• questions guy 3 years ago

      a rental property is any property that is for rent… not sure what you mean here

    • Bill 3 years ago

      Brilliant comment ….
      Raise taxes so that I have to raise rents.
      You seem to be someone who doesn’t know how life works. I pay taxes on each and every property I own. I get nothing in return for paying taxes.

      You sound like one of those bitter people that spends all their money partying it up and taking cruises and vacations instead of saving up and getting your money to work for you. And you think those that have worked hard in life and not taking exotic vacations every year should be punished and pay for your poor planning? Give me a break.

  • RW 3 years ago

    That is two Liberals that were worse than one Harper though, so remember that.

    A lot of fear mongering that O’Toole will be like Harper, but people were not even this close to unhappy during the Harper years.

    • Anthony 3 years ago

      Ah, O’Toole. The man who helped draft the FIPA agreement. An agreement which helps generate news lines such as : “Chinese companies could sue Canada over losses incurred due to the Covid-19 pandemic under the terms of a trade agreement championed by opposition leader Erin O’Toole when he was part of the Harper government.”

  • Frank Daugherty 3 years ago

    I don’t care about monetary policy
    — JT

  • Van YIMBY 3 years ago

    Do I vote for the Turd Sandwich or the Giant Douche? I have no idea, this is tough.

  • Joe B 3 years ago

    Quantitative Easing (QE) is as much to blame as our incompetent politicians for the mess that is Canadian real estate. QE distorts what should be natural ebs and flows of market mechanics by fueling buyers to take on the excess credit needed to overpay for a property.

    • Jason Chau 3 years ago

      QE is a direct result of government spending. The credit supply is limited by providers. When there’s less liquidity, rates rise to build competition.

      If the government consumes a large supply of credit while rates are low, the central bank needs to suppress rates with balance sheet expansion and competitively drive rates lower.

      It’s debatable whether the money was needed. It’s not debatable that government borrowing influences the size of QE.

  • Bob Walter 3 years ago

    The real solution is stop manipulating the interest rates and let the free market balance supply and demand.

  • Ron Tickleman 3 years ago

    Hilarious how this is measured. You do realize that the first 1-1.5 years into each PMs tenure will be based on the previous PM policies right? A PM doesn’t start and the very next day make sweeping changes to real estate or monetary policies. If you actually look at it properly that shows that Harper’s policies put him roughly tied with Martin and Trudeau a good clip below them.

    • Jason Chau 3 years ago

      Absolutely not true, because monetary policy is forward-looking. Currency and credit conditions receive a shock as soon as the person is elected.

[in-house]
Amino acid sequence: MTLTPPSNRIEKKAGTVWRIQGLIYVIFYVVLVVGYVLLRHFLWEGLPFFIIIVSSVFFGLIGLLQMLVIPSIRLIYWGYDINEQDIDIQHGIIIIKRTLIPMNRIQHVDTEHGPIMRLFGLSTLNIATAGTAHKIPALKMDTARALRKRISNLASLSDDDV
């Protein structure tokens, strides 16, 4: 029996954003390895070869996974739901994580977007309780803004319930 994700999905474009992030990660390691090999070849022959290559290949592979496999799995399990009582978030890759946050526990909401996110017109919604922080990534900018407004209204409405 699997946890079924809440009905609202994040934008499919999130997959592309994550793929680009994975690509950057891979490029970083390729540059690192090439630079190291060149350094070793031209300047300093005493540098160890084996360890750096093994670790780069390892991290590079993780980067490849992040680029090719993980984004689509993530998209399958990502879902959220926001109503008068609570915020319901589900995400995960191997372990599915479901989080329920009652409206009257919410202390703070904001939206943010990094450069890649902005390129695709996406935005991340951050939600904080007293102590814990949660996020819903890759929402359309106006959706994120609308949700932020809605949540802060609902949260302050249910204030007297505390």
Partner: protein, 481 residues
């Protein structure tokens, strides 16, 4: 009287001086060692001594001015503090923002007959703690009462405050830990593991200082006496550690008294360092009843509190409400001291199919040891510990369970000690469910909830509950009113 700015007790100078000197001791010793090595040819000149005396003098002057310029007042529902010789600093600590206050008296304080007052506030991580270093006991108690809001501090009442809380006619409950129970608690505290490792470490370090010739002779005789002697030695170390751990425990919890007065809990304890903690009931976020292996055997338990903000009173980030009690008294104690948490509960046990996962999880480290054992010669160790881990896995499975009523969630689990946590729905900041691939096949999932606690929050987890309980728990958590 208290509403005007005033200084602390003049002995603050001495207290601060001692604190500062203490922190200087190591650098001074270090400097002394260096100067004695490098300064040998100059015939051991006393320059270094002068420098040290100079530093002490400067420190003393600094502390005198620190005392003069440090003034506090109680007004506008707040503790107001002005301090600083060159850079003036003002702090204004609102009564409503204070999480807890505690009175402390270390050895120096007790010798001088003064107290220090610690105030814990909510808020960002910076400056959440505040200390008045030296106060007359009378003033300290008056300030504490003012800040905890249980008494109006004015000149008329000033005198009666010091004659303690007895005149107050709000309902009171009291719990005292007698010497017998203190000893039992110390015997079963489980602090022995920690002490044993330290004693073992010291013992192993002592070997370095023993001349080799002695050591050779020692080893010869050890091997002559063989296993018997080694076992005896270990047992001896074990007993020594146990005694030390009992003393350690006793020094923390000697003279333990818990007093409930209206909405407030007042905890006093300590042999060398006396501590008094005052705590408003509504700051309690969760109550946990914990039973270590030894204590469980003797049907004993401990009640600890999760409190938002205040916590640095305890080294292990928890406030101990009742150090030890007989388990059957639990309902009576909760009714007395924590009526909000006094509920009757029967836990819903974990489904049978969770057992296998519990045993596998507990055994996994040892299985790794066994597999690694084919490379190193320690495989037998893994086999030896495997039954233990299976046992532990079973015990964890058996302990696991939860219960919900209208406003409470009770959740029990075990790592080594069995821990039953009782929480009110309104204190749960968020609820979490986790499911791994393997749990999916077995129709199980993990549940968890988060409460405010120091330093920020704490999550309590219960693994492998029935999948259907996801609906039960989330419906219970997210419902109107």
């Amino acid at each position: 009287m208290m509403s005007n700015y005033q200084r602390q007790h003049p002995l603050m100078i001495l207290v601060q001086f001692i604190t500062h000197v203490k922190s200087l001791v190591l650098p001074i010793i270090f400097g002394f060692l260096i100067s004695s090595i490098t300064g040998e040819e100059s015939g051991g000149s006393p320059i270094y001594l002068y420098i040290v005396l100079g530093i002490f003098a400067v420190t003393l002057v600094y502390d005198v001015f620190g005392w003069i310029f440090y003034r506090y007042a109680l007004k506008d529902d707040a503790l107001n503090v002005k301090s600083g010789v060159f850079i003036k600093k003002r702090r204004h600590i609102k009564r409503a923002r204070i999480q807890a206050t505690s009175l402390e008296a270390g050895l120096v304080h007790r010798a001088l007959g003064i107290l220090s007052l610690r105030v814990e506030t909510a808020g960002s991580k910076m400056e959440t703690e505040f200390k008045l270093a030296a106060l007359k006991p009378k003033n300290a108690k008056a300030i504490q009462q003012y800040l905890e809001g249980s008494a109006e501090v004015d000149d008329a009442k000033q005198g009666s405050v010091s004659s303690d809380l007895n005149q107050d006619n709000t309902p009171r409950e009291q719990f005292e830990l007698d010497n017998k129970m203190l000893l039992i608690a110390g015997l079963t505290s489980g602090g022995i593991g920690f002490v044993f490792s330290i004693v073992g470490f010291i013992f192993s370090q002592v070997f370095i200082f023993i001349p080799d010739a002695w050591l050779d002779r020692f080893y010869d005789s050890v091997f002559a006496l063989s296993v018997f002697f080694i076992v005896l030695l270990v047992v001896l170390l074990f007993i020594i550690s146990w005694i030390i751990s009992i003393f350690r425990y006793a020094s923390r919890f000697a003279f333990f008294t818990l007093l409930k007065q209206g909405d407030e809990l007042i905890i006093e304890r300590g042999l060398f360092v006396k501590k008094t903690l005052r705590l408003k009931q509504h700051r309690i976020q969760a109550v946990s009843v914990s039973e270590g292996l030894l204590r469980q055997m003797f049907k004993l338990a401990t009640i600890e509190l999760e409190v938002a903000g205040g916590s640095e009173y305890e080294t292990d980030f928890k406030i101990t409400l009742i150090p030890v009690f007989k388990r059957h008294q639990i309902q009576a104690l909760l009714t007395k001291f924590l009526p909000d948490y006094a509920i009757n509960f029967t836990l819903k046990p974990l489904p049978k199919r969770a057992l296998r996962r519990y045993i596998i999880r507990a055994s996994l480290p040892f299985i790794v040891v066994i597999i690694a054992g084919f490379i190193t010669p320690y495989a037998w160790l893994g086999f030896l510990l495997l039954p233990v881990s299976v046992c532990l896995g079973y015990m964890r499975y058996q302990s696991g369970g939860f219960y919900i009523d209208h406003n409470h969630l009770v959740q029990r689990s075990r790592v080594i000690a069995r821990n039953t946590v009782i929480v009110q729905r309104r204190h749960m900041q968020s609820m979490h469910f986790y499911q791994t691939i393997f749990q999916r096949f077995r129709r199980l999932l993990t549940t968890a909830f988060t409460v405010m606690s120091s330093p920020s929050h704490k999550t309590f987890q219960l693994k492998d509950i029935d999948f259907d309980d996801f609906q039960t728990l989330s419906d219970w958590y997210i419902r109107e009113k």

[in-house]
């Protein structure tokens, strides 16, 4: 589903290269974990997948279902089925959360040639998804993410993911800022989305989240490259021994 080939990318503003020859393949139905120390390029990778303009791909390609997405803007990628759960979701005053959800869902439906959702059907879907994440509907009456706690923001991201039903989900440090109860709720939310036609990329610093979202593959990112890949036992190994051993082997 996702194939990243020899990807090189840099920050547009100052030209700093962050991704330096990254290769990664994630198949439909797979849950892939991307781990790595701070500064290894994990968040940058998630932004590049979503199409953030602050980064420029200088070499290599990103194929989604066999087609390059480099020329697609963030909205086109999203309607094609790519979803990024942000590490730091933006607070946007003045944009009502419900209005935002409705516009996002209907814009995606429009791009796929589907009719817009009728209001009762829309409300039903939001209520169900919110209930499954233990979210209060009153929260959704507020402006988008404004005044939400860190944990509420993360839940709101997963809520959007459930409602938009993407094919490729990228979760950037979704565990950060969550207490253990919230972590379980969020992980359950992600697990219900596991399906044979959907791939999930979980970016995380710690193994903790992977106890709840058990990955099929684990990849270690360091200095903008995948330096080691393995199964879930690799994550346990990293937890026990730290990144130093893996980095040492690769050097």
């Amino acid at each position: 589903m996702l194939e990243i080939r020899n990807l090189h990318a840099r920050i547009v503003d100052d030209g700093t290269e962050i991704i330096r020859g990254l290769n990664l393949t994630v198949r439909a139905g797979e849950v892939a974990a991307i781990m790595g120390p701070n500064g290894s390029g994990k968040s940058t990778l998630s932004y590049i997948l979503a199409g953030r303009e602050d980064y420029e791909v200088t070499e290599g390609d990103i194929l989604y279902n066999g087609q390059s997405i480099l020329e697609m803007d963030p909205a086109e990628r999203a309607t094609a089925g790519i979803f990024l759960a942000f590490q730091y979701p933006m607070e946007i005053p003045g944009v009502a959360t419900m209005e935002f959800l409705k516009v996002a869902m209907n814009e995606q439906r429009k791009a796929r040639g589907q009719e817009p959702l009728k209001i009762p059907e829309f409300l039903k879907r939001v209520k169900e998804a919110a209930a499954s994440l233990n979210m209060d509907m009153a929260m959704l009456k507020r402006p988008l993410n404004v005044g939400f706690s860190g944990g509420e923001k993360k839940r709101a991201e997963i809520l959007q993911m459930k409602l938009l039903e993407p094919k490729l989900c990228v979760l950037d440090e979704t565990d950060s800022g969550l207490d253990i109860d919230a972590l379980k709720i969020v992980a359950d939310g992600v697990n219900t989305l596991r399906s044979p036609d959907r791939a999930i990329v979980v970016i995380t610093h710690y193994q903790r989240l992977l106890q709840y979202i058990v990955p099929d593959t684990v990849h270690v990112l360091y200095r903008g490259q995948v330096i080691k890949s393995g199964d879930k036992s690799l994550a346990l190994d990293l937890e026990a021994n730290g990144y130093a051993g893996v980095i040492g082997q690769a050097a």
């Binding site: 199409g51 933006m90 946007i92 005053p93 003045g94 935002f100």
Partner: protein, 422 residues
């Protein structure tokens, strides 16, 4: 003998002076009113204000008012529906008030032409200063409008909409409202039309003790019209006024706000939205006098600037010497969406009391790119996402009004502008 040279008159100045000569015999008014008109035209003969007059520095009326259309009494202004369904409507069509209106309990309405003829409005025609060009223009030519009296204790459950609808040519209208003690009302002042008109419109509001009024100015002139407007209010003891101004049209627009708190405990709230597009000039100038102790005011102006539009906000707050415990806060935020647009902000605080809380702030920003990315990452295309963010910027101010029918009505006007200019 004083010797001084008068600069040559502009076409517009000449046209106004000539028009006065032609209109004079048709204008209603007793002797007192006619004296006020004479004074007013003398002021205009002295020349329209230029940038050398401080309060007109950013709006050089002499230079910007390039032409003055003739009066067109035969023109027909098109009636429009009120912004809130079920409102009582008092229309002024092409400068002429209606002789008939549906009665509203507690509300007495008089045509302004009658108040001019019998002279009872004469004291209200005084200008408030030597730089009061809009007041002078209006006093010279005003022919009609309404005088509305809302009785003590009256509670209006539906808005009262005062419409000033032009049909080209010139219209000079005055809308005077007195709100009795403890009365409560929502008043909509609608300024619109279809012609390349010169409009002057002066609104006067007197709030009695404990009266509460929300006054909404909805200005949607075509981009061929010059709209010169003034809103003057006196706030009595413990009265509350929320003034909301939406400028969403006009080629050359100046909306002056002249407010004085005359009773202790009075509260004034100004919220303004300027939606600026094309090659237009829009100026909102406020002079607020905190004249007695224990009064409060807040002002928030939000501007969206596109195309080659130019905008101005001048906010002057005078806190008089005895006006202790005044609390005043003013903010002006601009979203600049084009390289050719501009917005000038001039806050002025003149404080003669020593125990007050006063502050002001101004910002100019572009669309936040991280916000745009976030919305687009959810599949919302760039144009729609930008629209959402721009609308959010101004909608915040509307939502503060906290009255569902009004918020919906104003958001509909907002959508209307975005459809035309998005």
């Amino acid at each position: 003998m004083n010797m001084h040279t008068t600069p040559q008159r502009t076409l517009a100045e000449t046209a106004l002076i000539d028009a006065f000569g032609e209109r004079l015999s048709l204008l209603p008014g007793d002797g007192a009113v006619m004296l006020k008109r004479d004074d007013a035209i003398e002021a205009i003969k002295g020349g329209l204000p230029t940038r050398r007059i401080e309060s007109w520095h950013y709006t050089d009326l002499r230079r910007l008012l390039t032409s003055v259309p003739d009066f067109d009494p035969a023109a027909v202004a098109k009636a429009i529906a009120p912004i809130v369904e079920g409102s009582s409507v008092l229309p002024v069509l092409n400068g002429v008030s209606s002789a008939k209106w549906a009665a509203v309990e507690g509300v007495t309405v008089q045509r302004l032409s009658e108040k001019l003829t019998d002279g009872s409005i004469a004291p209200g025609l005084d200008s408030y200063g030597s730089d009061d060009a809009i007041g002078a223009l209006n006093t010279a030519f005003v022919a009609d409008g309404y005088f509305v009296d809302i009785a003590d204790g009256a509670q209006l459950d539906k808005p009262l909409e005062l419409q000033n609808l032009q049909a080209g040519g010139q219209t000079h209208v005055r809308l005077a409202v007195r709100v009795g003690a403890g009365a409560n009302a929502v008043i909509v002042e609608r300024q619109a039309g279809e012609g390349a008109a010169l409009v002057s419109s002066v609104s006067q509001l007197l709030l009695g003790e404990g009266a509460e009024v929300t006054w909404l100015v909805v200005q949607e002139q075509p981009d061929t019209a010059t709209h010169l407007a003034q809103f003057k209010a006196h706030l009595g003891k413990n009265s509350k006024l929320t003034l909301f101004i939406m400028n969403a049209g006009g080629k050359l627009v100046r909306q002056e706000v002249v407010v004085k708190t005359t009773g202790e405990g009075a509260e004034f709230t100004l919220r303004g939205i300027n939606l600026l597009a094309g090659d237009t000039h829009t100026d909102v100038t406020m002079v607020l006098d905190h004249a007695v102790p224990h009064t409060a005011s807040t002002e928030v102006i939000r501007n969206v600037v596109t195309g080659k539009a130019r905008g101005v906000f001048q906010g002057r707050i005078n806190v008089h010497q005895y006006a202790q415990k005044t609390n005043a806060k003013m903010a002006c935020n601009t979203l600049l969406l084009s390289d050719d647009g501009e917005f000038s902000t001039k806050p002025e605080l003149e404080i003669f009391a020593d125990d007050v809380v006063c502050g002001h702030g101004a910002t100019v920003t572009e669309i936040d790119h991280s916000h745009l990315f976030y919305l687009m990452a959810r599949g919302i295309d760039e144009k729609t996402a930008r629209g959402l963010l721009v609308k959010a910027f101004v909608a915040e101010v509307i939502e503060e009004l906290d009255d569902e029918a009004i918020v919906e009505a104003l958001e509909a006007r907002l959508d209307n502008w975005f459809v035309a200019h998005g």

Asset prices aren’t based on how they’ve performed, but the expectation of future performance.

  • mp 3 years ago

    Present government will do nothing to bring down the prices. It’s all empty talks aiming to win elections. See how prices will further increase once they come in power again. It’s all nexus of vested interests.

  • Qwerty 3 years ago

    I find the people who want to destroy the green belt very short sighted. Canada has farmable land between Windsor to Quebec City. It also happens to be where 20% of our population lives. If we build condos and roads throughout we lose our ability to grow food. Ever heard of the Canadian Shield? Canada is a rock, impossible to grow food on a rock

    • GKoz 3 years ago

      I assume this is sarcasm unless you think that nothing grows in all of Quebec or Northern Ontario.

    • Bill 3 years ago

      Again, lots of affordable properties in other (and nicer) parts of the country.
      Not sure why you guys are all hung up on Toronto and Vancouver?

  • JCH 3 years ago

    Voters: demand that your Canadian politicians #LetHomePricesFall !!

  • carol 3 years ago

    I find all the responses encouraging good or bad, right or wrong it is good to know there are still a few people out there that are willing to think!! I applaud all of you,,,, keep up the good work..

  • MS 3 years ago

    Housing/shelter/living is a necessity like food. When prices (ownership or rental) go out of control or starts to impact cost of living, negatively impacts majority especially first time buyers who want to own or new renters who are forced to pay crazy rental prices compared to their incomes.
    Homes should not be only for speculative and/or monetary gains. Everyone has to pay taxes on miniscule bank interest income, stocks and other investments. So why not start heavily taxing people who have more than 1 property. Increase tax for 2nd, 3rd , 4th property etc.
    Corporations and people in disguise of corporations should be disallowed to even buy residential real estate in addition to Foreign buyers govt. is proposing. This should level the field for many prospective first time buyers and hopefully make rents more affordable.

    • Bill 3 years ago

      Natives pay zero in taxes even if they have full time, good paying jobs.

      There’s a very good starting point.